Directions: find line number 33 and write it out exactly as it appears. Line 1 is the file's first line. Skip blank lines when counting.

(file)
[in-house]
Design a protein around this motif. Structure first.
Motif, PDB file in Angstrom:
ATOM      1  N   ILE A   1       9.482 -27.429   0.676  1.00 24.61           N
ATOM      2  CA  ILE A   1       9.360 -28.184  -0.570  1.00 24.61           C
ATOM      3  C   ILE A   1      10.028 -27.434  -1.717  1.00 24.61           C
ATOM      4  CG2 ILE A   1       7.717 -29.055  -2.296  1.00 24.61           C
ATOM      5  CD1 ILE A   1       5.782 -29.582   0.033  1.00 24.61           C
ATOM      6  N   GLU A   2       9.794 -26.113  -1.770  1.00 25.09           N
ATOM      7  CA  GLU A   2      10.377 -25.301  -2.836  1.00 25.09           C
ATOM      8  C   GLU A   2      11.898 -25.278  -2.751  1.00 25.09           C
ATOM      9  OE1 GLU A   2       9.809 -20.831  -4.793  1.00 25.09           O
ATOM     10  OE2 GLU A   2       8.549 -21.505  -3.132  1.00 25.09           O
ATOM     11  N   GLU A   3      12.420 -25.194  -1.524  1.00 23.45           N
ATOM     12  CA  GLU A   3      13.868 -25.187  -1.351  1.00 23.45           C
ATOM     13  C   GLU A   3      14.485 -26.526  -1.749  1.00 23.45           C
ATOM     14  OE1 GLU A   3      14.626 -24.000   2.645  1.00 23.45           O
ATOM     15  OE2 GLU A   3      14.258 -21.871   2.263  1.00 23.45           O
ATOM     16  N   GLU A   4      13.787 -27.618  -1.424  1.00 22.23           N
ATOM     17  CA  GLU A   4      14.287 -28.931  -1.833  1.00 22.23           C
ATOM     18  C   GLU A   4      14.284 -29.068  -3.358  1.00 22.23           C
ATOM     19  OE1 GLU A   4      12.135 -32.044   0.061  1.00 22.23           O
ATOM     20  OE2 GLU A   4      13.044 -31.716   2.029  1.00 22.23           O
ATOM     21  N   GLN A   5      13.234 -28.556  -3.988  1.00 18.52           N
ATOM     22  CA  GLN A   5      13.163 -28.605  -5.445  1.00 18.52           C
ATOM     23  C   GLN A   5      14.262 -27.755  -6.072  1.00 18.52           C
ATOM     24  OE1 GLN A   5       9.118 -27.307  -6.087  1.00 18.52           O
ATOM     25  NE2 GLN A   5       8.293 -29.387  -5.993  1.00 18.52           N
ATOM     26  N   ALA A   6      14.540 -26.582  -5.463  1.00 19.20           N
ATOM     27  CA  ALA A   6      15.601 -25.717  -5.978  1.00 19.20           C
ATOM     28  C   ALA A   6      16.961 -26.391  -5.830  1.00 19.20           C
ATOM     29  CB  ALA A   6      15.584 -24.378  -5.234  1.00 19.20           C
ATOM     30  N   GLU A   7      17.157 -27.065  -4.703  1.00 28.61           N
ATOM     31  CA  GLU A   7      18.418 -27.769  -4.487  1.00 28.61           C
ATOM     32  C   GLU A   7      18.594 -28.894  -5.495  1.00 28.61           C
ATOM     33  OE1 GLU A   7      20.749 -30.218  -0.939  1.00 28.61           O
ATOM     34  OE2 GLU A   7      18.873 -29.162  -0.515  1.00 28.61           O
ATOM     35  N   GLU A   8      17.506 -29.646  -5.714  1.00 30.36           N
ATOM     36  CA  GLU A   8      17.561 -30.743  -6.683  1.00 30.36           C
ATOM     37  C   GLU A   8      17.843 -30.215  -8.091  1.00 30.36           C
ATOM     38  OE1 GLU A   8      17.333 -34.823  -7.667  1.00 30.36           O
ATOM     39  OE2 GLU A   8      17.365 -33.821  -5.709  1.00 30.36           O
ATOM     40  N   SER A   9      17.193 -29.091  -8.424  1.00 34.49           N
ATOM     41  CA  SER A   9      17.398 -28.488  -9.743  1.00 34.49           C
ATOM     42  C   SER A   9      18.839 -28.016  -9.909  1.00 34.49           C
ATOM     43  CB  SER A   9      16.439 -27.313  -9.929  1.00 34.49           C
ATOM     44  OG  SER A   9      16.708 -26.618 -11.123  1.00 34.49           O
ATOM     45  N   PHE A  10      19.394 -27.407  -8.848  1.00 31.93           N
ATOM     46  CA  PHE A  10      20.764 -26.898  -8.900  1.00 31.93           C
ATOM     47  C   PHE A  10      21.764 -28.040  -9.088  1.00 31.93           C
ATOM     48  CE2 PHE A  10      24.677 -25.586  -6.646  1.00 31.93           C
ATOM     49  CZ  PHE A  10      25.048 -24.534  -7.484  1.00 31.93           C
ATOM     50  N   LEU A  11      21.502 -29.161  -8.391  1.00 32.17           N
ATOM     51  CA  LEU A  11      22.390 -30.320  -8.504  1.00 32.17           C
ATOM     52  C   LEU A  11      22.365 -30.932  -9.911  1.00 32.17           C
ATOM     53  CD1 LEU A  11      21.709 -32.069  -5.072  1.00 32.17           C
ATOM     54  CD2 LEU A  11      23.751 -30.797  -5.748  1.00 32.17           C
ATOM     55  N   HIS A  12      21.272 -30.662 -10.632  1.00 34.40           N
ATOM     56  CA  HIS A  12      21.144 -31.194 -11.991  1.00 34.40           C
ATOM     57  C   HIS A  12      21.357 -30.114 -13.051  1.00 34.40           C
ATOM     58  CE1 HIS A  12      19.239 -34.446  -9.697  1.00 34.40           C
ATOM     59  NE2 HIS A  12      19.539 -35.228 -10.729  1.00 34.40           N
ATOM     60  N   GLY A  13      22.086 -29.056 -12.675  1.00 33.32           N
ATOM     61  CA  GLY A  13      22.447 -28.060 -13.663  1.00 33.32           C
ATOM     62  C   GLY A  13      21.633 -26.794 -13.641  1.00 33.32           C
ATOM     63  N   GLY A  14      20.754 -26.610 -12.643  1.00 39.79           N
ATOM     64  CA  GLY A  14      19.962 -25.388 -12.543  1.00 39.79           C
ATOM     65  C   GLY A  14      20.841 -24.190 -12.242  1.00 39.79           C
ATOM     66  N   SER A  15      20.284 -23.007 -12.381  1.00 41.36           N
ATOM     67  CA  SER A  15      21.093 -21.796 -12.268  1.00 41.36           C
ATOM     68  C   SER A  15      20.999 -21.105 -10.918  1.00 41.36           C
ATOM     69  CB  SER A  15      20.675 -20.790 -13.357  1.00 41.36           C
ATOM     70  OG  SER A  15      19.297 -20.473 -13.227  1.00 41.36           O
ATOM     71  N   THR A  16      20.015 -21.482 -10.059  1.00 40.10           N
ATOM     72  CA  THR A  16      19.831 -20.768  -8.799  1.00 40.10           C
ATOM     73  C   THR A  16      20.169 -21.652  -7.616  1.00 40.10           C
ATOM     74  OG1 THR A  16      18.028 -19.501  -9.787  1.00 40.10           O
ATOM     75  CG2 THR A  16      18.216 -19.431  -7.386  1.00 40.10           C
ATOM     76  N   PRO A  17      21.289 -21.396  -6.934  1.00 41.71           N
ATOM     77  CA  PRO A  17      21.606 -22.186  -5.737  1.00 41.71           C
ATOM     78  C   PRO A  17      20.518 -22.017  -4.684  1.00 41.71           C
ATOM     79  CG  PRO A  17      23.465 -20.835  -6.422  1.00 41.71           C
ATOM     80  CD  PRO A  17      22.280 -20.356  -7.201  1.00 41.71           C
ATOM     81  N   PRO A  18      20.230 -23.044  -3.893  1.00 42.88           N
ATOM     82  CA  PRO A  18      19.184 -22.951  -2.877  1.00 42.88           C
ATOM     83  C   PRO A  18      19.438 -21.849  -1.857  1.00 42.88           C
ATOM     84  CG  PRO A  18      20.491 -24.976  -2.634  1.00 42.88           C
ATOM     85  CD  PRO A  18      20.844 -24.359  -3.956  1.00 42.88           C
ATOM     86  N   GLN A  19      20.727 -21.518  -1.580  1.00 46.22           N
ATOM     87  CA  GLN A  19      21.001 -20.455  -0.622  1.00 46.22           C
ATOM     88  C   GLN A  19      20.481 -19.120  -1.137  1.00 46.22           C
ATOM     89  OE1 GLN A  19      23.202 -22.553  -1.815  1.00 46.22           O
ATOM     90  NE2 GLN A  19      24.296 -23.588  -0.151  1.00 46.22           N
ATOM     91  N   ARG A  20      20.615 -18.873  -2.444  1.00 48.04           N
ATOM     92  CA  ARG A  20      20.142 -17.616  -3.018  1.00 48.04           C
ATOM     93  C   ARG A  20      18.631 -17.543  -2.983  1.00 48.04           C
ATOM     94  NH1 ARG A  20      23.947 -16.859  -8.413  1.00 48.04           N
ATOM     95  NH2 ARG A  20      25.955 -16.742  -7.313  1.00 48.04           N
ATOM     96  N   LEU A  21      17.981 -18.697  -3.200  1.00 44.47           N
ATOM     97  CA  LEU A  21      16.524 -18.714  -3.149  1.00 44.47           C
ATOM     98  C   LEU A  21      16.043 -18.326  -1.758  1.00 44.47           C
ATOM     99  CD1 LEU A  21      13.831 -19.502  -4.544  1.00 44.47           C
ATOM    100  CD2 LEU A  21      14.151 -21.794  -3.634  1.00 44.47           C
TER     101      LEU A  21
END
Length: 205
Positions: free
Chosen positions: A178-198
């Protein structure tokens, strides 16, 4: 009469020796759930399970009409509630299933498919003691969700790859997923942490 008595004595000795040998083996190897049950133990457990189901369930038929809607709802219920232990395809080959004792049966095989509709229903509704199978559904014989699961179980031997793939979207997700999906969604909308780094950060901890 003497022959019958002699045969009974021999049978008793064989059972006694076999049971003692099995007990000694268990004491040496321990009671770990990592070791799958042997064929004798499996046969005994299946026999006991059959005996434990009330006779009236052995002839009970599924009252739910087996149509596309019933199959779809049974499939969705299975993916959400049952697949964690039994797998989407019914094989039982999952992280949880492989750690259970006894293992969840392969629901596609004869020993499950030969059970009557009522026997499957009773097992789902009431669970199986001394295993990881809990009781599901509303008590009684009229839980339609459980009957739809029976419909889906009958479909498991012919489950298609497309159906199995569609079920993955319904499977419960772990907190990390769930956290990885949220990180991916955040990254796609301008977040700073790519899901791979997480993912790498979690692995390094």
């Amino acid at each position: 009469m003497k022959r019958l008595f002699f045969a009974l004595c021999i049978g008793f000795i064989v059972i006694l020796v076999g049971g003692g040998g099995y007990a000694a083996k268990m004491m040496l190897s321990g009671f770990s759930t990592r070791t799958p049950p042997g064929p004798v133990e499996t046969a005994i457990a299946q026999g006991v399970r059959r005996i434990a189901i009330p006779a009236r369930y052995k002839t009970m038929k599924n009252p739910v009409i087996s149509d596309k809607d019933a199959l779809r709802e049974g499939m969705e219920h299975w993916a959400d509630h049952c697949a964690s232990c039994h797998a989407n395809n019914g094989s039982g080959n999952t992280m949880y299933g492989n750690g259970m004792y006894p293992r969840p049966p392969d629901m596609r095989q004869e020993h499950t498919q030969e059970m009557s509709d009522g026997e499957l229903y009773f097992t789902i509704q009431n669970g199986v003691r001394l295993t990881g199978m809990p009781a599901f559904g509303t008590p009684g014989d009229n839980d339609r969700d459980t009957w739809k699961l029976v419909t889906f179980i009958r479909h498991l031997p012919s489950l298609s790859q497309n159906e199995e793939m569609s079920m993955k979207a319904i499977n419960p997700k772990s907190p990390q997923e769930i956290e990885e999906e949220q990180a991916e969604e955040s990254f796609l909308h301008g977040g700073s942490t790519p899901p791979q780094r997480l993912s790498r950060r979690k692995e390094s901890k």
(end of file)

ATOM     30  N   GLU A   7      17.157 -27.065  -4.703  1.00 28.61           N